issues (increased weight, cost, the need to continuously re-zero the
devices when removed).
The XM8 is designed as a modular weapon; different
barrels and other modules can be swapped quickly
depending on operational requirements. The
XM8 will also be lighter and more reliable
than the existing M4 carbine and M16 rifles.
If this rifle is approved, the Army could
XM-8 Baseline Carbine
• 12.5" barrel
• Common modular assemblies
XM8 Carbine with Add-On XM320 Grenade Launcher
• Side loading 40mm grenade launcher
• Short 9" barrel
• Butt cap receiver cover
• Personal defense applications
• Heavy 20" barrel for sustained fire
• Integral folding bipod
• 100-round drum magazine
Content and graphics from Heckler &
Koch USA Website.
How useful are the XM-8's interchangeable parts? Here's a quick look
at some of the M-16's problems in this regard:
A half dozen incarnations of the M-16/M-4 are currently in service,
and none of them have parts that are 100% interchangeable with a different
For the M-16, mounting optics requires the use of weapon specific
(read: non-interchangeable) adapters.
The M-16A1 (still in widespread service with the National Guard and
Reserves) was designed to fire the M198 5.56mm Ball cartridge, while
the M16A2 and later rifles (used by Active Duty formations) was designed
to fire the heavier M855 cartridge. While both rifles can chamber
and fire both types of bullet, the M885 bullet weighs more, and is
less accurate when fired from the M16A1.
On the other hand, the XM-8 has:
One common component receiver, with the remaining parts (barrel, optics,
stock, hand guards, auxiliary weapons) attached as needed.
Combining three optic units into one not only reduces weapon weight,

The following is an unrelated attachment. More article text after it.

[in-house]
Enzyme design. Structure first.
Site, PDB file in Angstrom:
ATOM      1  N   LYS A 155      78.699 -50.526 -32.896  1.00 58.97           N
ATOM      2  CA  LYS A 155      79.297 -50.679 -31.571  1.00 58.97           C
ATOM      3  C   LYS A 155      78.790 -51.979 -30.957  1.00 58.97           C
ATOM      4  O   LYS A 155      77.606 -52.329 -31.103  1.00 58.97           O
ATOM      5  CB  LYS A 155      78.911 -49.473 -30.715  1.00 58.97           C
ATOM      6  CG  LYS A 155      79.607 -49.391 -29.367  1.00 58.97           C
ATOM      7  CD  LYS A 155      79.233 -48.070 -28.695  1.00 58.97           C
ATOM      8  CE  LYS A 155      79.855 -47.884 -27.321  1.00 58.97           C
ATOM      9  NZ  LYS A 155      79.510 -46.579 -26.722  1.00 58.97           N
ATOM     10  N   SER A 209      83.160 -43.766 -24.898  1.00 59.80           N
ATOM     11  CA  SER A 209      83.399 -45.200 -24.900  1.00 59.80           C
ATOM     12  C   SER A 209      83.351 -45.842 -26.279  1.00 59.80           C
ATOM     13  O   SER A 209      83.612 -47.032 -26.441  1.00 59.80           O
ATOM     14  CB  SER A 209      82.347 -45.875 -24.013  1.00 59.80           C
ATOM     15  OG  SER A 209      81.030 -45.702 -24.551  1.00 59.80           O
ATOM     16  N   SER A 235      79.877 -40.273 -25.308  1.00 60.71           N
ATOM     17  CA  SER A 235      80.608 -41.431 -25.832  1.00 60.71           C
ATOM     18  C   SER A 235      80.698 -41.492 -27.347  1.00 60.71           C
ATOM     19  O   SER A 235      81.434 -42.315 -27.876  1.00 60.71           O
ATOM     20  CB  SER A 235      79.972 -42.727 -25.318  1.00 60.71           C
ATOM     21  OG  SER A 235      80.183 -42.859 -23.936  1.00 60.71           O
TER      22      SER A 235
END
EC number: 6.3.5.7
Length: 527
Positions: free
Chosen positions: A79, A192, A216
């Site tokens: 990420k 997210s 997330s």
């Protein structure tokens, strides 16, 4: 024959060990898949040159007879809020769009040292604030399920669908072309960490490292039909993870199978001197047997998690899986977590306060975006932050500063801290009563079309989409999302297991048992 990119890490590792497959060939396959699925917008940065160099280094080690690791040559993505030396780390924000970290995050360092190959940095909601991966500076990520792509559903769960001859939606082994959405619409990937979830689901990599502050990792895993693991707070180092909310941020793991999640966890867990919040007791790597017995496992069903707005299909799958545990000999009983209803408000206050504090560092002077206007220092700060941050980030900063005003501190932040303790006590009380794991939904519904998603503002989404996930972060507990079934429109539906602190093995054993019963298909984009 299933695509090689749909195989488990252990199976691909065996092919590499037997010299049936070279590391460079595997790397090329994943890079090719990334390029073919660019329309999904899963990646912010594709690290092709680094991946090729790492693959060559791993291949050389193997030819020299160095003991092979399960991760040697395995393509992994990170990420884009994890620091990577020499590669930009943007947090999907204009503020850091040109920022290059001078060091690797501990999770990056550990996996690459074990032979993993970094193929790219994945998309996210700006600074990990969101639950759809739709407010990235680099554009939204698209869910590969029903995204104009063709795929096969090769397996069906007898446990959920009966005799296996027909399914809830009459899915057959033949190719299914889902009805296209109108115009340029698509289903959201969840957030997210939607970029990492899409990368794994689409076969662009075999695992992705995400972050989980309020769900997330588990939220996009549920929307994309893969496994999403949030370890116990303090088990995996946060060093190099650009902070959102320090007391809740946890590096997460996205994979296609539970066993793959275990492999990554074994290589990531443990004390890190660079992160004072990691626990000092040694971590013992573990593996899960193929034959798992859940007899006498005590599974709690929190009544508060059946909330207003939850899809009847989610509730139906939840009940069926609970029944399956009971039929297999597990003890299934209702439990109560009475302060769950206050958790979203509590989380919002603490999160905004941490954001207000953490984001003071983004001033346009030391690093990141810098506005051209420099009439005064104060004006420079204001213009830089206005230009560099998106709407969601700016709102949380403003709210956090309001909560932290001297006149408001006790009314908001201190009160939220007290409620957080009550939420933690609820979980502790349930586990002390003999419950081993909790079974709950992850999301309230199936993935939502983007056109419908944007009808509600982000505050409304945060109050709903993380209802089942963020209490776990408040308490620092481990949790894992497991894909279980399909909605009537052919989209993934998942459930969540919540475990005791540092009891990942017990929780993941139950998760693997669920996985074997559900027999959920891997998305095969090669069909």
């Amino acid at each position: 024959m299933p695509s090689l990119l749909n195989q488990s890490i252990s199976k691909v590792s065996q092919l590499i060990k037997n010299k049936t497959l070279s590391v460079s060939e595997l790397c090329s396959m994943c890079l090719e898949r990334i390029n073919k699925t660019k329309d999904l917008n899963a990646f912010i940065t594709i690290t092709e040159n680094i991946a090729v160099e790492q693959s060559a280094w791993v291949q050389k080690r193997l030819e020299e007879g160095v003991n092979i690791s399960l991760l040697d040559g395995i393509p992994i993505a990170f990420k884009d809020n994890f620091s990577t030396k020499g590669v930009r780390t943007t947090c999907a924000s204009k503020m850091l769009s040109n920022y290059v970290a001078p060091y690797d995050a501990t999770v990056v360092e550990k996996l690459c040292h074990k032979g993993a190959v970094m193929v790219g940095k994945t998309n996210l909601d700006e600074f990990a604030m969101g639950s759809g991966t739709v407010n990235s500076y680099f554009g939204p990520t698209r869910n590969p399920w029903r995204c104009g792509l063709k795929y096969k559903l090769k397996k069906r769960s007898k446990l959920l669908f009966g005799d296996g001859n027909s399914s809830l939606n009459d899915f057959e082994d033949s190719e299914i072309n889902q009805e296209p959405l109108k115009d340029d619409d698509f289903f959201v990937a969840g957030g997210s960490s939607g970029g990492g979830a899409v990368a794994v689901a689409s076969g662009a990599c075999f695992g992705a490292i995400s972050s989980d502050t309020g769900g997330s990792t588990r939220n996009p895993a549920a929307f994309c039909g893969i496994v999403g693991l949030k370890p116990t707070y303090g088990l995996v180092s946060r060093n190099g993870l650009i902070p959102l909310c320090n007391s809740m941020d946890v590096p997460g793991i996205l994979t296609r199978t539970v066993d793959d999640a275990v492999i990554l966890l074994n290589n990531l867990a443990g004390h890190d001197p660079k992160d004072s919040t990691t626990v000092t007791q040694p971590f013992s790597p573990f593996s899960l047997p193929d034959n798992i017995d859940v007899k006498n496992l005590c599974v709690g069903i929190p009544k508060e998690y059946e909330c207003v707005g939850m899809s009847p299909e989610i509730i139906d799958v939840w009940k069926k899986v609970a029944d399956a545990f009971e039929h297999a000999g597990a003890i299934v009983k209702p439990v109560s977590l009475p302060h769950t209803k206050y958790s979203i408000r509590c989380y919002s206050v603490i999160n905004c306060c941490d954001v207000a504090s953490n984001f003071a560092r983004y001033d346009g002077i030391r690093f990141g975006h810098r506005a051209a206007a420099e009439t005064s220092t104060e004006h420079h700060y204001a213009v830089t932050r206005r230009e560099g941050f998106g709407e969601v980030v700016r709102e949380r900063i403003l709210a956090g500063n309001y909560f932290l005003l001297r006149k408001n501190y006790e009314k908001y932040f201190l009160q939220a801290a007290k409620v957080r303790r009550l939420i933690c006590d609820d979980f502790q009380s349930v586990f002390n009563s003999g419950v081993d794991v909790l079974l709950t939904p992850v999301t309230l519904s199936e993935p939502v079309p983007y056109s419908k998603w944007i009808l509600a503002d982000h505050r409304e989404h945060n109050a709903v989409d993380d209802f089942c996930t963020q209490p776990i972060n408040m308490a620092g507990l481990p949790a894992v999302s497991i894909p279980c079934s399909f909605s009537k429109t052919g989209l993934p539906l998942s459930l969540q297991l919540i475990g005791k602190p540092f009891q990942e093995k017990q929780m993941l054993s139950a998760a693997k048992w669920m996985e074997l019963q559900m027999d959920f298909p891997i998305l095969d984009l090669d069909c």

but also simplifies equipment issue, maintenance and accountability.
One common bullet type (5.56mm cartridge) for all models.
This is not to say that soldiers are going to enter battle toting
a golf bag of rifle barrels and accessories, but rather, replacement
parts can be replaced or exchanged at the unit level without worrying
about system compatibility. At the end of the day, does any of this
make the XM-8 more lethal than the M-16? No, as both fire the same
5.56mm cartridge … but the XM-8 completely outclasses the M-16 is
in reliability, ease of maintenance, and reduced logistical requirements.
Of course, all the fancy weapons and attachments on a rifle don't
mean much if it jams on the operator. One of the M-16's major flaws
is jamming, due to its gas operating system, where propellant gasses
are used to cycle the rifle's bolt and fire bullets. In the M-16,
these gasses are vented directly back to the rifle chamber itself.
This means that every time the weapon is fired, propellant gasses,
gunpowder residue, and other particles are deposited directly on the
bolt face (this process is called "fouling"). Eventually, the bolt
becomes too dirty to fully lock into place, rendering the weapon unreliable.
While no gas-operating weapon (including the XM-8) is immune to the
effects of fouling, the XM-8's system presents a clear advantage over
the M-16: The receiver utilizes a six-lug rotating bolt that fully
supports the cartridge case and is driven by a "pusher" type gas piston.
This piston is unaffected by barrel changes, and is even capable of
operating if the weapon's barrel is full of water. Most importantly,
it eliminates fouling of the bolt face, which dramatically improves
the weapon's overall reliability in a sustained firing situation.
In short, soldiers using the XM-8 in combat should have one less thing
to worry about, and that one thing can mean the difference between
life and death.
Goodbye to the Past
If you add up all the M-16's flaws -- its poorly designed gas operating
system, its need for constant maintenance and cleaning, its lack of
interchangeable parts - it becomes clear that the XM-8 is superior
to the M-16/M-4 family in all respects. It is lighter, cheaper, more
reliable, and easier to maintain than the current rifle. In short,
it surpasses all of the M-16's strengths while eliminating all of
its weaknesses, thus earning a spot on our Military Gear Hot List.